Our initial hope was to use SoftBounds+CETS (or SafeCode), which do not have the weaknesses of Address Sanitizer, but these projects are not mature enough to compile Tor Browser (or Firefox, for that matter). We are actively exploring other hardening options, as well, and are happy to hear more suggestions.

We're especially eager to hear reports and stack traces from any crashes experienced in these builds, as they may be evidence of potentially exploitable memory issues that have not been detected in our normal builds! Advanced users may find these GDB instructions useful for this, but even the plain Address Sanitizer crash output should still be helpful.

Nov 04, 2015

A new alpha Tor Browser release is available for download in the 5.5a4 distribution directory and on the alpha download page.

This release features important security updates to Firefox.

Moreover, it comes with Tor and a number of other improvements. Most notably, we included Yan Zhu's fix for not leaking the Referer header when leaving a .onion domain and finally sorted out the HTTPS-Everywhere build problems allowing us to ship its latest version in our bundles again.

We fixed usability issues caused by our font fingerprinting patches and included a new defense against figerprinting users via available MIME types and plugins. Finally, besides additional minor bug fixes and clean-ups, we included an updated NoScript version.

Here is the complete changelog since 5.5a3:

  • All Platforms
    • Update Firefox to 38.4.0esr
    • Update Tor to
    • Update NoScript to
    • Update HTTPS-Everywhere to 5.1.1
    • Update Torbutton to
      • Bug 9623: Spoof Referer when leaving a .onion domain
      • Bug 16620: Remove old handling code
      • Bug 17164: Don't show text-select cursor on circuit display
      • Bug 17351: Remove unused code
      • Translation updates
    • Bug 17207: Hide MIME types and plugins from websites
    • Bug 16909+17383: Adapt to HTTPS-Everywhere build changes
    • Bug 16620: Move handling into a Firefox patch
    • Bug 17220: Support math symbols in font whitelist
    • Bug 10599+17305: Include updater and build patches needed for hardened builds
    • Bug 17318: Remove dead ScrambleSuit bridge
    • Bug 17428: Remove default Flashproxy bridges
    • Bug 17473: Update meek-amazon fingerprint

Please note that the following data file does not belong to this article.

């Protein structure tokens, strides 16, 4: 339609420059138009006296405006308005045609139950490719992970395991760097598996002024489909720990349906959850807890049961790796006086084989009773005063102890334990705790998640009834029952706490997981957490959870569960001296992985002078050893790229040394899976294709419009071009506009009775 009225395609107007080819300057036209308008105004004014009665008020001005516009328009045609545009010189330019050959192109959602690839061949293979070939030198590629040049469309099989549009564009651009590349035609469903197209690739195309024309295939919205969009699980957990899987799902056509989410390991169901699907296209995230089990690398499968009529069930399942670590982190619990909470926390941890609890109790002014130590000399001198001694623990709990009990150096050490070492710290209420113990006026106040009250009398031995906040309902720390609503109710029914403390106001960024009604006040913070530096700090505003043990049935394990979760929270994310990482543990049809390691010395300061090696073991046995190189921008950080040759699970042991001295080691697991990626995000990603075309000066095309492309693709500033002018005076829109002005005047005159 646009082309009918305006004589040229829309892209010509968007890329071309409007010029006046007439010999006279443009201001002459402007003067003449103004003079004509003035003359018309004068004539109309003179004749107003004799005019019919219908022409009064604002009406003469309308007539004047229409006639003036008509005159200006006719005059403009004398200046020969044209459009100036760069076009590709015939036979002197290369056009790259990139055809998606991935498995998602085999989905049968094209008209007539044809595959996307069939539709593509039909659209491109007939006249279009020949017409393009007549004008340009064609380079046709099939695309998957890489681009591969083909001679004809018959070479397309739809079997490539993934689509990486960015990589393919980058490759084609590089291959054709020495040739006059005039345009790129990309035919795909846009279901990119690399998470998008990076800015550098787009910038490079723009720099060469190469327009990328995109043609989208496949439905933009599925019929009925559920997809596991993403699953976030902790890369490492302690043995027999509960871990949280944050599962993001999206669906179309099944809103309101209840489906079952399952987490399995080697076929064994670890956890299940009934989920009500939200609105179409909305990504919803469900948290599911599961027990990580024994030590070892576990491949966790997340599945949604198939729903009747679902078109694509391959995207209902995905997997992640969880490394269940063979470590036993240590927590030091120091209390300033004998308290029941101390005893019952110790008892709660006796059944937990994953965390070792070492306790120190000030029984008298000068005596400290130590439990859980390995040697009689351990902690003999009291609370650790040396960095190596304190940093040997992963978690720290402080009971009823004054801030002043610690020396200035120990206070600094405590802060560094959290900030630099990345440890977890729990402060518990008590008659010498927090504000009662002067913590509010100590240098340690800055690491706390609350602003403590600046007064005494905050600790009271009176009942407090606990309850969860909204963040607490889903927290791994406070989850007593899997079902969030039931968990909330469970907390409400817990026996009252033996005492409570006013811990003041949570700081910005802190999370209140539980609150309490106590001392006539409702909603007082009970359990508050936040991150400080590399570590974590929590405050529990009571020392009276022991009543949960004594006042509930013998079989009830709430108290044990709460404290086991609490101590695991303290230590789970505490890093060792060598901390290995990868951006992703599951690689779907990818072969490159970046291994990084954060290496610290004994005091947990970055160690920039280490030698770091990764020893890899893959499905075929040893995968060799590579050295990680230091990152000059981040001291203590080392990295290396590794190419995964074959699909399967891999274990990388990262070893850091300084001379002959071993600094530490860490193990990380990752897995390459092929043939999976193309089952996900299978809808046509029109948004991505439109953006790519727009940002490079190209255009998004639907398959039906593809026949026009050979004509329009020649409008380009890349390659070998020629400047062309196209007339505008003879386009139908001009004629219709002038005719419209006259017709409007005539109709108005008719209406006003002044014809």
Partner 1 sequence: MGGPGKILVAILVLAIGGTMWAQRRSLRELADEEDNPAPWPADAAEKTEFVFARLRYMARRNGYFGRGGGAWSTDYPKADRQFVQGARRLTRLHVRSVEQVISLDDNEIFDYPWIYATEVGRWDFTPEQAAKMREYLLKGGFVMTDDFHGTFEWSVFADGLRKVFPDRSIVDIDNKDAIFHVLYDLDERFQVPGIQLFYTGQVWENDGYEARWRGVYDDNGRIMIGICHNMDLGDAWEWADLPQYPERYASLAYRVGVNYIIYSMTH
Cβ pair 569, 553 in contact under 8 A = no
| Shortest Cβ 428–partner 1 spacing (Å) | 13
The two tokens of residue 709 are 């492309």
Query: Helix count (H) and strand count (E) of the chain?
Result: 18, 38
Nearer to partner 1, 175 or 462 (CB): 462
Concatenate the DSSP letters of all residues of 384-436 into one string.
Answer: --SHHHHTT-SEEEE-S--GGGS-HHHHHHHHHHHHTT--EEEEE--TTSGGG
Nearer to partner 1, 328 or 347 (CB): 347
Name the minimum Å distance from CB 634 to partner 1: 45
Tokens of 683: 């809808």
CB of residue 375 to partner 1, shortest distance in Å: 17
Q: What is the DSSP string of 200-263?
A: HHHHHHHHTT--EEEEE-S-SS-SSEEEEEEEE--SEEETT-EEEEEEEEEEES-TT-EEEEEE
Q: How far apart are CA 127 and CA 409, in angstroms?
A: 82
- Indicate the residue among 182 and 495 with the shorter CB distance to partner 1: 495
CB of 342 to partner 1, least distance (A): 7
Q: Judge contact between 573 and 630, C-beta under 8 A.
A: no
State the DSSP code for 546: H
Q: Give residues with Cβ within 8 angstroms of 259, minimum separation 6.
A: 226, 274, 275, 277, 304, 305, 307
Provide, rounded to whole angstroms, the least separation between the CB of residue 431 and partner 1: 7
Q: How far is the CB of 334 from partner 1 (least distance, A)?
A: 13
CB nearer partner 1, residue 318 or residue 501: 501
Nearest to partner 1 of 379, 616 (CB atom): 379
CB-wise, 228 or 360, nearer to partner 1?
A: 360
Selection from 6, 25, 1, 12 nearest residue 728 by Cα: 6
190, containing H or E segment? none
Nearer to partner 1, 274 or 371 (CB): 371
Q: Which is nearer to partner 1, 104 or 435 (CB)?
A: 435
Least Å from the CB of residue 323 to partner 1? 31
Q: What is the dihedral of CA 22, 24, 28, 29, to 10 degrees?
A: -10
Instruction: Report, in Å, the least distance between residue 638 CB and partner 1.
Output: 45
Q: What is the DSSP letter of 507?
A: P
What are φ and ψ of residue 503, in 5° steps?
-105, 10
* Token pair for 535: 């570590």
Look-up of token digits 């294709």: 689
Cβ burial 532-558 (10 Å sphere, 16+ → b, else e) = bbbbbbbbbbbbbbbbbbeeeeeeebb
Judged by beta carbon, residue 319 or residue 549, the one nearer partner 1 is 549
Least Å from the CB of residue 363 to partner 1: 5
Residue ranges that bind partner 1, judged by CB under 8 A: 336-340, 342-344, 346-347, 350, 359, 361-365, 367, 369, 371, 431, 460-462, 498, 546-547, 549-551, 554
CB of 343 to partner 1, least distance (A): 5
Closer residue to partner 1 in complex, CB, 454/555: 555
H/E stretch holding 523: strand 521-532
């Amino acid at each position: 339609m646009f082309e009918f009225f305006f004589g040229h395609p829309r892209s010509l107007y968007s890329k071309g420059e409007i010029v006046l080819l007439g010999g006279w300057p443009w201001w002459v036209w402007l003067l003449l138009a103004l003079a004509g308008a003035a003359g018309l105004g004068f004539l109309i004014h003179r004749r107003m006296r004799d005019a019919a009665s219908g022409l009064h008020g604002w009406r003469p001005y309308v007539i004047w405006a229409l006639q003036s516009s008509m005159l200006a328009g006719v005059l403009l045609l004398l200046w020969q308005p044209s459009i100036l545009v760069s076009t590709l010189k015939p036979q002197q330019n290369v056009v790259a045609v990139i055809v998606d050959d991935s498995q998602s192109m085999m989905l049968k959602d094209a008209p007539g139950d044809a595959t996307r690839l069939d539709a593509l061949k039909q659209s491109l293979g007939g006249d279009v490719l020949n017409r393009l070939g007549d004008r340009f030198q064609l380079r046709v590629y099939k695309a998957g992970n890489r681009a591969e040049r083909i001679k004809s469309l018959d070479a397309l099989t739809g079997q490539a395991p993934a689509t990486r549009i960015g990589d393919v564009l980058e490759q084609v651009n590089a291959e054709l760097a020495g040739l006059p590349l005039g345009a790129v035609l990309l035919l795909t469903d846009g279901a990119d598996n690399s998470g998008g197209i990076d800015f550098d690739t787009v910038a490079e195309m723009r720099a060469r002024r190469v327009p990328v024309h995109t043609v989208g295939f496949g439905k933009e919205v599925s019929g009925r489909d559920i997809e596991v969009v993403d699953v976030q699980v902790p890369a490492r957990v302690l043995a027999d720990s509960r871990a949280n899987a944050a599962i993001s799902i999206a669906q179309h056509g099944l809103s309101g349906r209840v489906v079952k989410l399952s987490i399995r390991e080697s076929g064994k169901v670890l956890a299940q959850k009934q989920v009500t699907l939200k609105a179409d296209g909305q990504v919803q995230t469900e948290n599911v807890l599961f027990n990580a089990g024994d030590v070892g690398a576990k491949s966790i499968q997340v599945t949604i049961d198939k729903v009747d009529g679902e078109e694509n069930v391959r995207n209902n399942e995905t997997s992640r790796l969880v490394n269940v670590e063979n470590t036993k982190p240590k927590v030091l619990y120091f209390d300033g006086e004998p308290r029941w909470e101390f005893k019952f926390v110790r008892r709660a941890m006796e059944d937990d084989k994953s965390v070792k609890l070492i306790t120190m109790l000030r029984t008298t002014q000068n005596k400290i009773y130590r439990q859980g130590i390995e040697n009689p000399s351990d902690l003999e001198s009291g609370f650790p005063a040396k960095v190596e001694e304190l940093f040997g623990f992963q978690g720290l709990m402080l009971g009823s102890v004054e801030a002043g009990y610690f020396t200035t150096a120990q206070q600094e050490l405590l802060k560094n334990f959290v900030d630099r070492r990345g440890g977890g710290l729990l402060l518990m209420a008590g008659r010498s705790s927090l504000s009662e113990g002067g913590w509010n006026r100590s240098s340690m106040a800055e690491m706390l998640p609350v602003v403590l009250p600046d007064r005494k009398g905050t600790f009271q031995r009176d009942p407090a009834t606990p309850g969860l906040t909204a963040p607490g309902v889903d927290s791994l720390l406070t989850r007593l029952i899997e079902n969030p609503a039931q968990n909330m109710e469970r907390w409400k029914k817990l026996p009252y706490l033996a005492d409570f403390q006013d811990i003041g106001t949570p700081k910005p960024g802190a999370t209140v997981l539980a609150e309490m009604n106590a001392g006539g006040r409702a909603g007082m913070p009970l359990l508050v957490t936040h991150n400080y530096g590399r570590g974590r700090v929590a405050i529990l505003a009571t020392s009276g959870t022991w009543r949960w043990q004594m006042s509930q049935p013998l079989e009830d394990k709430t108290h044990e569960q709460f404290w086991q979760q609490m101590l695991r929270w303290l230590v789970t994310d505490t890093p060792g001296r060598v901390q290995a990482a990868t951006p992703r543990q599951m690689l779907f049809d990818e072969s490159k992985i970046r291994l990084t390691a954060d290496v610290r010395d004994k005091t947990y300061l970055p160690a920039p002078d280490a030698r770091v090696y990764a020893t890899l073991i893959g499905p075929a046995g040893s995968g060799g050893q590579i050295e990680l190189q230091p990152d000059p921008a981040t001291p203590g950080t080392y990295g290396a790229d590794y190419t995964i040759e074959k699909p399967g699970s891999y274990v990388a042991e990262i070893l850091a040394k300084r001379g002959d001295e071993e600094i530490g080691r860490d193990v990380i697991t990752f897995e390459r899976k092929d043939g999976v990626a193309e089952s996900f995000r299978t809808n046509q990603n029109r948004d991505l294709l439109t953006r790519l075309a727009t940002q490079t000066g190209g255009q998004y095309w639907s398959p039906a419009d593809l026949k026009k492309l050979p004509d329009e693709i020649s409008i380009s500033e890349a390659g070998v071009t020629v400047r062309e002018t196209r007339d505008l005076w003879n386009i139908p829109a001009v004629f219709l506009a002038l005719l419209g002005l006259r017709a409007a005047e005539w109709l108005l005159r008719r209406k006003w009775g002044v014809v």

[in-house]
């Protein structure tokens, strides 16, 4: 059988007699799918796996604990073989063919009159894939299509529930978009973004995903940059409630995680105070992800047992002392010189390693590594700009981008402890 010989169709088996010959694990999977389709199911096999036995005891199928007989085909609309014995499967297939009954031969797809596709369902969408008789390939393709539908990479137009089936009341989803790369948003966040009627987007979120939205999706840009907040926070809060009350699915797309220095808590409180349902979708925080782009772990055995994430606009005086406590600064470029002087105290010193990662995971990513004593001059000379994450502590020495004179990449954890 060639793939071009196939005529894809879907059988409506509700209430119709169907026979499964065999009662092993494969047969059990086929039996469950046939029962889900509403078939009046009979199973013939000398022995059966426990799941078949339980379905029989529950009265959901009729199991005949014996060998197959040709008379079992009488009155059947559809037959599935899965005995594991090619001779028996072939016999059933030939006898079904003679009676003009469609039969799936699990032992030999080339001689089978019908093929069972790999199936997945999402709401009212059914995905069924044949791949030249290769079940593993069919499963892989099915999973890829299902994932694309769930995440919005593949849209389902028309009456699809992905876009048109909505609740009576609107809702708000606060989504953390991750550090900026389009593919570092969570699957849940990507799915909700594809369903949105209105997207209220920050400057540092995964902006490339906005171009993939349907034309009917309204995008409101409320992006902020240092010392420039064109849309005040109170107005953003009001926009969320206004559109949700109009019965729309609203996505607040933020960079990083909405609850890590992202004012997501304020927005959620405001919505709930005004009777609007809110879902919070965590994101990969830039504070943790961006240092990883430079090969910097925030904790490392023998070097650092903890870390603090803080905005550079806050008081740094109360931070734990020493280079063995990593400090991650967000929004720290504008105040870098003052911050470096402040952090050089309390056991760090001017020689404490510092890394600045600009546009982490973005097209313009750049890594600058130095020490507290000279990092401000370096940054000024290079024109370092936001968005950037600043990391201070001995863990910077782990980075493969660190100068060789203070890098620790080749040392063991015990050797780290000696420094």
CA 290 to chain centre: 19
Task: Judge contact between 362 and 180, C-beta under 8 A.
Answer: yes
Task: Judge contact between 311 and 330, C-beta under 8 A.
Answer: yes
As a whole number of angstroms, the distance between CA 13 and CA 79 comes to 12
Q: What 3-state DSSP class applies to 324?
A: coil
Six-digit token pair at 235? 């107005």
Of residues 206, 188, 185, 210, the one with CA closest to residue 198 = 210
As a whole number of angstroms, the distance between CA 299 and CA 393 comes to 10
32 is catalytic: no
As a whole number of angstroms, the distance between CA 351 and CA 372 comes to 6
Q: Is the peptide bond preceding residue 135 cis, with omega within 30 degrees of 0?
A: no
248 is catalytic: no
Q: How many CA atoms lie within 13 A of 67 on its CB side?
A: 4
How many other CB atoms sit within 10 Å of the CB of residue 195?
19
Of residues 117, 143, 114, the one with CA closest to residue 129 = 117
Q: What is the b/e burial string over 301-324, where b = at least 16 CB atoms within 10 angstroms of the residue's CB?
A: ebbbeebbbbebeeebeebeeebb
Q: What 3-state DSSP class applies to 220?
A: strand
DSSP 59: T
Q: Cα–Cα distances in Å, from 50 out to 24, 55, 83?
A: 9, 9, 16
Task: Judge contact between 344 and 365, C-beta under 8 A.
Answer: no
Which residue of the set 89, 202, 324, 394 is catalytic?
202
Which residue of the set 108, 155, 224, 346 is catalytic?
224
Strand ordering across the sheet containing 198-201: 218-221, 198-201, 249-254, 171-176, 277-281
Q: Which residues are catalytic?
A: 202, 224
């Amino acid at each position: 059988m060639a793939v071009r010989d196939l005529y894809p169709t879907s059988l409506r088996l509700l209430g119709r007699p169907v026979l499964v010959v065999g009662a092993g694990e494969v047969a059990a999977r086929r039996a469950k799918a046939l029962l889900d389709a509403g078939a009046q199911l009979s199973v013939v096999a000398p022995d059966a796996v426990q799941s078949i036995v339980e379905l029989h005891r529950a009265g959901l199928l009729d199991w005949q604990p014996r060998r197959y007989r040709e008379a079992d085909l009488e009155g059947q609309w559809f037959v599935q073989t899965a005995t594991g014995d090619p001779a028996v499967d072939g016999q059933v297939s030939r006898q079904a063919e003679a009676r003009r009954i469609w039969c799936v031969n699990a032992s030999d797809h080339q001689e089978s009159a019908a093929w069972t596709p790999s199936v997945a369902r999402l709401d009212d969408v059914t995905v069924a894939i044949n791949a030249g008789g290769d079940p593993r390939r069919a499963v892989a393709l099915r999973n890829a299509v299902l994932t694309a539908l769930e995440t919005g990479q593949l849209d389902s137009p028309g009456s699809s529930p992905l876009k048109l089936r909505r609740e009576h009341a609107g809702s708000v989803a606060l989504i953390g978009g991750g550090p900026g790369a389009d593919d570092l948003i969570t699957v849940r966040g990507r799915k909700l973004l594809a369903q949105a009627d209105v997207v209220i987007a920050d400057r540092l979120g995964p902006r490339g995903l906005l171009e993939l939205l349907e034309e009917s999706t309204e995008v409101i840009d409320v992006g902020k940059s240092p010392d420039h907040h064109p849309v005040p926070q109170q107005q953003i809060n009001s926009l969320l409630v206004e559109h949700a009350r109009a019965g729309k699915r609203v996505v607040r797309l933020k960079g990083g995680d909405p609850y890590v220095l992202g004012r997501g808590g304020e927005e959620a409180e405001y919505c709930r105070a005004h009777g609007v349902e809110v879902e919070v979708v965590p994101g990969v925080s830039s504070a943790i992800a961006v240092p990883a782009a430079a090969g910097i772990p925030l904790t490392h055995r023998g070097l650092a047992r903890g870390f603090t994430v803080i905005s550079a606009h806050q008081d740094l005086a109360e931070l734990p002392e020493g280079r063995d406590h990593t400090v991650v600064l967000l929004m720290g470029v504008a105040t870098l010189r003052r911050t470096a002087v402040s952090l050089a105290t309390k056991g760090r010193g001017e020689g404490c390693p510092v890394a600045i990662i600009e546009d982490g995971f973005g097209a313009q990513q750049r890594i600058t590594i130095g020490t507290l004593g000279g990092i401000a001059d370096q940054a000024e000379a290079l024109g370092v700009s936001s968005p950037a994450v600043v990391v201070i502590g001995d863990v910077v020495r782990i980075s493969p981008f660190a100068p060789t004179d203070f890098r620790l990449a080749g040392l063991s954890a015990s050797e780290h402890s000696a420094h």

• Windows
    • Bug 17250: Add localized font names to font whitelist
  • OS X
    • Bug 17122: Rename Japanese OS X bundle
  • Linux
    • Bug 17329: Ensure that non-ASCII characters can be typed (fixup of #5926)

Nov 04, 2015

A new stable release for Tor Browser is available from the Tor Browser Project page and also from our distribution directory.

This release features important security updates to Firefox.

Additionally, we included Yan Zhu's fix for not leaking the Referer header when leaving a .onion domain and are shipping an updated NoScript version.

These and all the other changes (minor bug fixes and clean-ups) can be found in the complete changelog since 5.0.3:

  • All Platforms
    • Update Firefox to 38.4.0esr
    • Update NoScript to
    • Update Torbutton to
      • Bug 9623: Spoof Referer when leaving a .onion domain
      • Bug 16735: about:tor should accommodate different fonts/font sizes
      • Bug 16937: Don't translate the homepage/spellchecker dictionary string
      • Bug 17164: Don't show text-select cursor on circuit display
      • Bug 17351: Remove unused code
      • Translation updates
    • Bug 16937: Remove the en-US dictionary from non en-US Tor Browser bundles
    • Bug 17318: Remove dead ScrambleSuit bridge
    • Bug 17473: Update meek-amazon fingerprint
    • Bug 16983: Isolate favicon requests caused by the tab list dropdown
    • Bug 17102: Don't crash while opening a second Tor Browser
  • Windows
    • Bug 16906: Don't depend on Windows crypto DLLs
  • Linux
    • Bug 17329: Ensure that non-ASCII characters can be typed (fixup of #5926)